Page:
New T-SQL features in SQL Server 2012 – Conversion Functions

SQL Server 2012 (“Denali”) is nearly here and with all new releases, there are always new features to know about.

I am very interested to find out more about the product and my next few posts will talk about some of the new T-SQL features of SQL Server 2012.

This first post will cover the new conversion functions in SQL Server 2012.

I am using the latest download from Microsoft – SQL Server 2012 RC0 for my research.

TRY_CONVERT()

Should the function fail then NULL is returned. The following all return the same output bar the last statement which fails and returns NULL.

SET NOCOUNT ON;
SELECT TRY_CONVERT(datetime, '2012/01/31');
SELECT TRY_CONVERT(datetime, '2012-01-31');
SELECT TRY_CONVERT(datetime, '20120131');
SELECT TRY_CONVERT(datetime, '31-12-2012');

Returns

-----------------------
2012-01-31 00:00:00.000

There is an optional integer expression called “style” which is like CONVERT and actually shares the same integer values for styling the output.

SET NOCOUNT ON;
SELECT TRY_CONVERT(datetime, '20120131', 103);

Returns

-----------------------
2012-01-31 00:00:00.000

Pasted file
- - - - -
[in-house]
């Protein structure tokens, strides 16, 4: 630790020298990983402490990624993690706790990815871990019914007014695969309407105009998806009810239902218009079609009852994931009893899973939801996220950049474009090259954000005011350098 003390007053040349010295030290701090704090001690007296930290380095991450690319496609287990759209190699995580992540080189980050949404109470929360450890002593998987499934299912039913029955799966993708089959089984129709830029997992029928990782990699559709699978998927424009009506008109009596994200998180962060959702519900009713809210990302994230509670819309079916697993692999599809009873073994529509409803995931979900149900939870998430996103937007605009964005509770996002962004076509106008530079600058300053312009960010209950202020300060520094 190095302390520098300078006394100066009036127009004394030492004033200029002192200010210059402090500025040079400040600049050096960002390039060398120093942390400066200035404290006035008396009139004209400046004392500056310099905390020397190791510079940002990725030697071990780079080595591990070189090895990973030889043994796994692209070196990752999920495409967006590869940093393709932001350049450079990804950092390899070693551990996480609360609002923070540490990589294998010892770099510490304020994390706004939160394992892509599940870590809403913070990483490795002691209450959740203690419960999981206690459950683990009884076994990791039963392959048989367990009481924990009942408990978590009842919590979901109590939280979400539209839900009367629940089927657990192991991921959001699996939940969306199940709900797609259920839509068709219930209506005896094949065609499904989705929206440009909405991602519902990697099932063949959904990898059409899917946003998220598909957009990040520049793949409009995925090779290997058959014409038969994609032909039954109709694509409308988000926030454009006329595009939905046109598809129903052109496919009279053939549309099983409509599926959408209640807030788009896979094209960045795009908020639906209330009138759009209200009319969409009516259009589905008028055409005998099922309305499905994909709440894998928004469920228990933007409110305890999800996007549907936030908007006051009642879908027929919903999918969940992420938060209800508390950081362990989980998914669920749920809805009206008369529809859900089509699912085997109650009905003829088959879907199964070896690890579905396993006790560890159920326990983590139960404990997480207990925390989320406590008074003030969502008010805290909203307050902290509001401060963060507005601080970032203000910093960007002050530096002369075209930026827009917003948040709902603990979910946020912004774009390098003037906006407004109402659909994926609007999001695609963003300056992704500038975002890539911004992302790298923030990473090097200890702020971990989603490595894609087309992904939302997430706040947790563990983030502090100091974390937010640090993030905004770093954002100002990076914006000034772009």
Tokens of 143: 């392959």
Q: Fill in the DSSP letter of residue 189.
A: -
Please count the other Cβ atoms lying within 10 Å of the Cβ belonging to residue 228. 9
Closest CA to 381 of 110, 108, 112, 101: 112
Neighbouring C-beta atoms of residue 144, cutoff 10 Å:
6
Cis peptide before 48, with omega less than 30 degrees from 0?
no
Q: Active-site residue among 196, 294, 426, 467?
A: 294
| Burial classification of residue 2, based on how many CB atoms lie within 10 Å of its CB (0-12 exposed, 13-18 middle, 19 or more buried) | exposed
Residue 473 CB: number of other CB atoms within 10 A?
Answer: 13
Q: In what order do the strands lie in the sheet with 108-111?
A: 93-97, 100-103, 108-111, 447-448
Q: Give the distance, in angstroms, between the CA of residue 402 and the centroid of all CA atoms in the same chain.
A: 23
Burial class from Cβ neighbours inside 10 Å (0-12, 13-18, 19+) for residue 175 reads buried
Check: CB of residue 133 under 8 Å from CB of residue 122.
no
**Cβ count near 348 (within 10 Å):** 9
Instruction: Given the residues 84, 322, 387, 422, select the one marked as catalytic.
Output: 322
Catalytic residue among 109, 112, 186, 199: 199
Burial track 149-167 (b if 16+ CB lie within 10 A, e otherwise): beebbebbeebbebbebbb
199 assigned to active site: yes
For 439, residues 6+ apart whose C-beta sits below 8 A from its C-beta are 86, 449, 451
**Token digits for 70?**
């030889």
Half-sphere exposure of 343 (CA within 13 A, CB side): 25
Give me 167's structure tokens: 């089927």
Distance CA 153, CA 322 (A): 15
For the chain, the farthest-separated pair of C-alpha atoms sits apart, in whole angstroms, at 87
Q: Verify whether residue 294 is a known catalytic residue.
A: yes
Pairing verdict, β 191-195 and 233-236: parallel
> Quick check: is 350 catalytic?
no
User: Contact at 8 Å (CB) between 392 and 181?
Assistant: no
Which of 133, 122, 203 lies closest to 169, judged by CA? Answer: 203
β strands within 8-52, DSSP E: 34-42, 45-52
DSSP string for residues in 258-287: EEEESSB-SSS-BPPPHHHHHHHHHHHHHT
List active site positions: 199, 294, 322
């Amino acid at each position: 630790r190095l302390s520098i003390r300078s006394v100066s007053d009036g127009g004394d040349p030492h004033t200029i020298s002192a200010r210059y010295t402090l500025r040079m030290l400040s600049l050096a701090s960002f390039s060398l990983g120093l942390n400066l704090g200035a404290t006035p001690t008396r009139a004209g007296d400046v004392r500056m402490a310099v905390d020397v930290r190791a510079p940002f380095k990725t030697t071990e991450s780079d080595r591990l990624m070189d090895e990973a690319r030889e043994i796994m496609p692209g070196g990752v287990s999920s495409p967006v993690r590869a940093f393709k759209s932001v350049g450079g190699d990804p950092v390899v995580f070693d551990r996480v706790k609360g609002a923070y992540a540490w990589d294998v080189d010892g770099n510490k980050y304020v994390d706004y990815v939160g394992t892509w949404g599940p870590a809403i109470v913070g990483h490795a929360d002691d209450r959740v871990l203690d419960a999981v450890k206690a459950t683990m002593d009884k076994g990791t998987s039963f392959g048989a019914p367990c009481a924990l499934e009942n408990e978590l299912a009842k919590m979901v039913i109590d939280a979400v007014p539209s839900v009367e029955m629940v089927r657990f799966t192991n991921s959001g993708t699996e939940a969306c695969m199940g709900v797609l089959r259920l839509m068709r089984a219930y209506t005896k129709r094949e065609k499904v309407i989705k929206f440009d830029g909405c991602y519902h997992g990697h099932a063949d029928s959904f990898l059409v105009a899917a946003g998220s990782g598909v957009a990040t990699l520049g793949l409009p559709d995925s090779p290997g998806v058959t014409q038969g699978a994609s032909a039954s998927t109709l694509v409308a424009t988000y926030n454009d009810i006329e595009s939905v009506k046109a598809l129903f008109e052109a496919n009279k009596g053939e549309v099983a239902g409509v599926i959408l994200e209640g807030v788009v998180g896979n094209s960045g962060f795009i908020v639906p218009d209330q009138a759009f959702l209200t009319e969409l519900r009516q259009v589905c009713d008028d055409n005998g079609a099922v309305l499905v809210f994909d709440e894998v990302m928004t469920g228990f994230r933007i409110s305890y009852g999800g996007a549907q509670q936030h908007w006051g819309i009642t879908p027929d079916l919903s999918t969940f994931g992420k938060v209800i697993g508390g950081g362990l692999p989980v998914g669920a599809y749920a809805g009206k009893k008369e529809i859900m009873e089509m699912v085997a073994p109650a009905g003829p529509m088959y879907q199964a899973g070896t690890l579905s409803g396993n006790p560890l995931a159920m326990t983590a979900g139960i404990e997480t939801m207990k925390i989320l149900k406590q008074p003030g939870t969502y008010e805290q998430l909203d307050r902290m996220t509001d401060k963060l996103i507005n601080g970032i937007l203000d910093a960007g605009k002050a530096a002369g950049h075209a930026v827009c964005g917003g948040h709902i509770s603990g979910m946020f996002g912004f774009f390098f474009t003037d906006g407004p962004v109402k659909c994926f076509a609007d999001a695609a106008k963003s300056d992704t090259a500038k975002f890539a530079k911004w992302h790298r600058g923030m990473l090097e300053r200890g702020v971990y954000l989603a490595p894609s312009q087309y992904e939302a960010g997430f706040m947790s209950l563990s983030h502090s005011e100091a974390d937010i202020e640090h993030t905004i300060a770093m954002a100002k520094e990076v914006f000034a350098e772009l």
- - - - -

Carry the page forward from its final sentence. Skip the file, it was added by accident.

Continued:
PARSE()

Accepts a nvarchar input up to 4000 chars and attempts to evaluate the input based on the value and datatype specified for the parse. The following examples return the same output.

SET NOCOUNT ON;
SELECT PARSE('Tuesday, 31 January 2012, 21:00' AS datetime USING 'en-GB');
SELECT PARSE('Tuesday, 31 January 2012, 9PM' AS datetime USING 'en-GB');
SELECT PARSE('Tuesday 31 January 2012 9PM' AS datetime USING 'en-GB');
SELECT PARSE('Tuesday 31 Jan 2012 9PM' AS datetime USING 'en-GB');
SELECT PARSE('Tuesday 31 Jan 12 9PM' AS datetime USING 'en-GB');

Returns

-----------------------
2012-01-31 21:00:00.000

The part which reads USING ‘en-GB’ is the culture specified. If no culture is specified then the language of the current session gets used.

Should the parse fail, then an error is produced.

TRY_PARSE()

Just like TRY_CONVERT(), TRY_PARSE() will return NULL if the TRY fails to parse the input. So trying to parse a string as a date would fail and return NULL. Again, you can specify USING to try a specific culture. The following returns NULL.

SET NOCOUNT ON;
SELECT TRY_PARSE('This is a date' AS datetime USING 'en-GB');

Just like TRY_CONVERT(), it’s useful for testing output, for example:

SET NOCOUNT ON;
SELECT CASE WHEN TRY_PARSE('This is a date' AS datetime USING 'en-GB') IS NULL THEN
'Parse failed'
ELSE
'Parse succeeded'
END;

Returns

---------------
Parse failed

Next SQL Server 2012 post – CREATE SEQUENCE

 

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About Andy Hayes

Andy Hayes is a DBA working with SQL Server since version 7.0. He has a wonderful wife and two beautiful children. He loves database technology, playing cricket, and blogging. He is passionate about sharing his experiences as a DBA and learning more to further his understanding and knowledge. You can follow me on Twitter, check out my Facebook page or follow me on

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